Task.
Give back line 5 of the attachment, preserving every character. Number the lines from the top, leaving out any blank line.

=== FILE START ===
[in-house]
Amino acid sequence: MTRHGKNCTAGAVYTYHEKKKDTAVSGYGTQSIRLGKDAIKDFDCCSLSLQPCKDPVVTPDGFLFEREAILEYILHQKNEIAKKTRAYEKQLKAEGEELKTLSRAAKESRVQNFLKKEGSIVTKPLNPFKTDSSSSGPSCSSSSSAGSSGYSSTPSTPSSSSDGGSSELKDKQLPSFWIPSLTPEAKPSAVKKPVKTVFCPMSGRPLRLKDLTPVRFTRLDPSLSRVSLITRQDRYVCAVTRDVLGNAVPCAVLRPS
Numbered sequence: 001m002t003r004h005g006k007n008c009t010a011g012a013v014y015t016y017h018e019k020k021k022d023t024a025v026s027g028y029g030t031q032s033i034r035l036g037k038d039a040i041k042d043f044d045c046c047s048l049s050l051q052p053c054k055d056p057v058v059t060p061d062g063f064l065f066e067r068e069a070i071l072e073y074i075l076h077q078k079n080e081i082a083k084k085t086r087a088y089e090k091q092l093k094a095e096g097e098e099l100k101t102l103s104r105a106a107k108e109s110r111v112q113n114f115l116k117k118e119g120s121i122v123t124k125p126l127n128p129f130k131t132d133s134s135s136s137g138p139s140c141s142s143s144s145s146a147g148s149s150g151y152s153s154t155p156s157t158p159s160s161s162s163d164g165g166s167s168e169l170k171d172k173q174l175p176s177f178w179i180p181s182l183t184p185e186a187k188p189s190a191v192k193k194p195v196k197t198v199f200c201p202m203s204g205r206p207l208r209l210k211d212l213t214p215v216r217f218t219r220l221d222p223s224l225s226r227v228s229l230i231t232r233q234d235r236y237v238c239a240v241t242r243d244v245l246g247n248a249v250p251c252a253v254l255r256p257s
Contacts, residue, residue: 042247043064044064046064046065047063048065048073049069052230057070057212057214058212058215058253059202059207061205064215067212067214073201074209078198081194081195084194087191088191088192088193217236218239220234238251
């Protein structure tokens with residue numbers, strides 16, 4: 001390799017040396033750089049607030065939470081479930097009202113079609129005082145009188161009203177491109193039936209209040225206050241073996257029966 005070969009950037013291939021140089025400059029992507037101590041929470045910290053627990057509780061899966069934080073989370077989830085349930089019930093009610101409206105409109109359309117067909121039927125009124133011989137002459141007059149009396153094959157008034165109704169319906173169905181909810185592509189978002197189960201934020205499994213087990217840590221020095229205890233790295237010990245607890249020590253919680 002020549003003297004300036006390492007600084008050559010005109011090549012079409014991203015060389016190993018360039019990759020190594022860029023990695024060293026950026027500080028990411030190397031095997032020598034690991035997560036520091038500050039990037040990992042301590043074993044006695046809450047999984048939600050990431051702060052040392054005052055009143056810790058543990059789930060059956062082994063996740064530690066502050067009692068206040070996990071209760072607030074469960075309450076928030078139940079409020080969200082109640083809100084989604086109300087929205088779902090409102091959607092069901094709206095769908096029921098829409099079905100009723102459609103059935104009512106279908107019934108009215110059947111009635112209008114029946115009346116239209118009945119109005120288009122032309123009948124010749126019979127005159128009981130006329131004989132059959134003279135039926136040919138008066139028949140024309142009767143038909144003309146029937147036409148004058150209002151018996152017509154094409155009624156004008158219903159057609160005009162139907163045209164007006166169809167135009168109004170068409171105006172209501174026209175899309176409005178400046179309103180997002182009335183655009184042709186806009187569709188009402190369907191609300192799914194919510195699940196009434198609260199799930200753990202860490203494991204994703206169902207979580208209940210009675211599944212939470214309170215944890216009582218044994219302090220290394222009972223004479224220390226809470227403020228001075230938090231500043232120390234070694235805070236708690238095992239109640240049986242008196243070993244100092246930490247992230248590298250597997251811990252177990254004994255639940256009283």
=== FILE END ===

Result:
């Protein structure tokens with residue numbers, strides 16, 4: 001390799017040396033750089049607030065939470081479930097009202113079609129005082145009188161009203177491109193039936209209040225206050241073996257029966 005070969009950037013291939021140089025400059029992507037101590041929470045910290053627990057509780061899966069934080073989370077989830085349930089019930093009610101409206105409109109359309117067909121039927125009124133011989137002459141007059149009396153094959157008034165109704169319906173169905181909810185592509189978002197189960201934020205499994213087990217840590221020095229205890233790295237010990245607890249020590253919680 002020549003003297004300036006390492007600084008050559010005109011090549012079409014991203015060389016190993018360039019990759020190594022860029023990695024060293026950026027500080028990411030190397031095997032020598034690991035997560036520091038500050039990037040990992042301590043074993044006695046809450047999984048939600050990431051702060052040392054005052055009143056810790058543990059789930060059956062082994063996740064530690066502050067009692068206040070996990071209760072607030074469960075309450076928030078139940079409020080969200082109640083809100084989604086109300087929205088779902090409102091959607092069901094709206095769908096029921098829409099079905100009723102459609103059935104009512106279908107019934108009215110059947111009635112209008114029946115009346116239209118009945119109005120288009122032309123009948124010749126019979127005159128009981130006329131004989132059959134003279135039926136040919138008066139028949140024309142009767143038909144003309146029937147036409148004058150209002151018996152017509154094409155009624156004008158219903159057609160005009162139907163045209164007006166169809167135009168109004170068409171105006172209501174026209175899309176409005178400046179309103180997002182009335183655009184042709186806009187569709188009402190369907191609300192799914194919510195699940196009434198609260199799930200753990202860490203494991204994703206169902207979580208209940210009675211599944212939470214309170215944890216009582218044994219302090220290394222009972223004479224220390226809470227403020228001075230938090231500043232120390234070694235805070236708690238095992239109640240049986242008196243070993244100092246930490247992230248590298250597997251811990252177990254004994255639940256009283």